The lack of policy is not due to a lack of policy ideas. Among the most popular is the introduction of mandatory vehicle fuel efficiency standards. They would set an emissions target for manufacturers, measured in grams of CO2 released per kilometer and averaged across all the new cars they sell. The target would be gradually reduced to zero, when it would effectively become a ban on new fossil fuel cars.

While Australia has resisted, fuel efficiency standards are common elsewhere – they cover about 80% of the global light vehicle market.

Why? There are arguments relating to climate impact, energy security and supporting manufacturing industries. Car companies themselves want fuel efficiency standards, arguing there won’t be an adequate supply of EVs into the country until a decent policy is in place.

And the evidence says efficiency standards make economic sense – they reduce fuel costs.

According to a recent report by the Australia Institute’s Audrey Quicke, if Australia had introduced fuel efficiency standards six years ago, the country’s drivers would have saved $5.9bn. A ministerial forum on vehicle emissions standards in 2016 found the net benefit across the country by 2040 could be nearly $14bn.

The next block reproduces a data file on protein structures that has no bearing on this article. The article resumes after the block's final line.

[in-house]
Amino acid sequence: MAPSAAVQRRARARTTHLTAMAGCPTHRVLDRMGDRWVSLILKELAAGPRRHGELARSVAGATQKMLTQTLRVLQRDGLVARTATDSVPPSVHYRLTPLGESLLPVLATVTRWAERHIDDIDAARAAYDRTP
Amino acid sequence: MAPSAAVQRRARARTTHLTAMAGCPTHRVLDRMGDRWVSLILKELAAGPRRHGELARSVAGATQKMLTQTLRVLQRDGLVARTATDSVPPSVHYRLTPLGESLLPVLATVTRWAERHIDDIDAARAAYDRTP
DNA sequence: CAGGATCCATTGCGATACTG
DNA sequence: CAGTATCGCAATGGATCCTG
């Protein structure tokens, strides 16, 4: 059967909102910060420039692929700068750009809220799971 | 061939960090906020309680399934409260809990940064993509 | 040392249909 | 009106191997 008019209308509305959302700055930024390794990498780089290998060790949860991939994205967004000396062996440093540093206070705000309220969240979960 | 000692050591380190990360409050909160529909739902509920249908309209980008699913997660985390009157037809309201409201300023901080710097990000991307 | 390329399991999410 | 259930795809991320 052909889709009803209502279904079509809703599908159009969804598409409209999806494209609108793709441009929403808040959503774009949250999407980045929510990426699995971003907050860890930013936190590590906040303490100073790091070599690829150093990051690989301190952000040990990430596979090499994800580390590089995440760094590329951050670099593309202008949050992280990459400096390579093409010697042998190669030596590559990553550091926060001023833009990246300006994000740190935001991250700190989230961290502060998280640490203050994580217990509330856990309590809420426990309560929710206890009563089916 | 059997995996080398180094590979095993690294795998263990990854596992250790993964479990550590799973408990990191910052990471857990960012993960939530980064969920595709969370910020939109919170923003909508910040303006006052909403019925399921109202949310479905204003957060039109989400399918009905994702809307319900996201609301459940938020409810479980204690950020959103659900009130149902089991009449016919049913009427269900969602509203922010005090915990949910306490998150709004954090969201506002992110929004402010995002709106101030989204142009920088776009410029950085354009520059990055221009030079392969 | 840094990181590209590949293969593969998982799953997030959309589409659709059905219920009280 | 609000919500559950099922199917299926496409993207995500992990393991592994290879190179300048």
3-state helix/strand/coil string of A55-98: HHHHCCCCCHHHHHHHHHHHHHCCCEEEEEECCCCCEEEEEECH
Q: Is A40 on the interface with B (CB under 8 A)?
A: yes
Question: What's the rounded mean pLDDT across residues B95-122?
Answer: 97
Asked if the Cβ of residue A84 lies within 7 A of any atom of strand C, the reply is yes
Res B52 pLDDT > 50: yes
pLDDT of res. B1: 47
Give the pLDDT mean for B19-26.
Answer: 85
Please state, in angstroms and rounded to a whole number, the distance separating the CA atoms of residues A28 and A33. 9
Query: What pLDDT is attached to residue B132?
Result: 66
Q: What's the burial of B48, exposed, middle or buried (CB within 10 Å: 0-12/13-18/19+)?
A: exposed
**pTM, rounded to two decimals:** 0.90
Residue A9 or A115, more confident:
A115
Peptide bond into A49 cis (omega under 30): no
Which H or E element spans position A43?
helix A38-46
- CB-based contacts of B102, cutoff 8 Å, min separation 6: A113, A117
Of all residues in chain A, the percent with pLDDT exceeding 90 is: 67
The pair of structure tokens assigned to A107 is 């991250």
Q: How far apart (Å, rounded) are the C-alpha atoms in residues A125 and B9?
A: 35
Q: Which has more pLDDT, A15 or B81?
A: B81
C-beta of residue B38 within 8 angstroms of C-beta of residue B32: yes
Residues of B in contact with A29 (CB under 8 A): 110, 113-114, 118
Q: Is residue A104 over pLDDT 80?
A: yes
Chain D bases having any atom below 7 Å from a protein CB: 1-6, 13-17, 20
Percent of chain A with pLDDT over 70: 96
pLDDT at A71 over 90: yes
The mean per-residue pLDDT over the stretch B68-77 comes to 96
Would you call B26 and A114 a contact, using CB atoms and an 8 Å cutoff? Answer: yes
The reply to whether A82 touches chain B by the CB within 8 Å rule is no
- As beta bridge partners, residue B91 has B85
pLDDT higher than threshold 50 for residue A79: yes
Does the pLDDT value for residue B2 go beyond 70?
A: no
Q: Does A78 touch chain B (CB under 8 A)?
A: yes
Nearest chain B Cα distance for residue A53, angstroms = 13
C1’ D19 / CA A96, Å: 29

MPs from what was then the Coalition government were persuaded. Josh Frydenberg, then the minister for energy and the environment, famously compared the rise of EVs to the iPhone and predicted people who mocked the technology would one day be using it.

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Despite this, the Coalition lifted its plan for mandatory standards in the face of resistance internally and from the auto industry. It abandoned it completely during the 2019 election campaign, when Scott Morrison claimed a labor policy based on the forum’s recommendation would “end the weekend”.

Unreleased polling suggests the attack set back community support for EVs. And, of course, the Coalition won that election.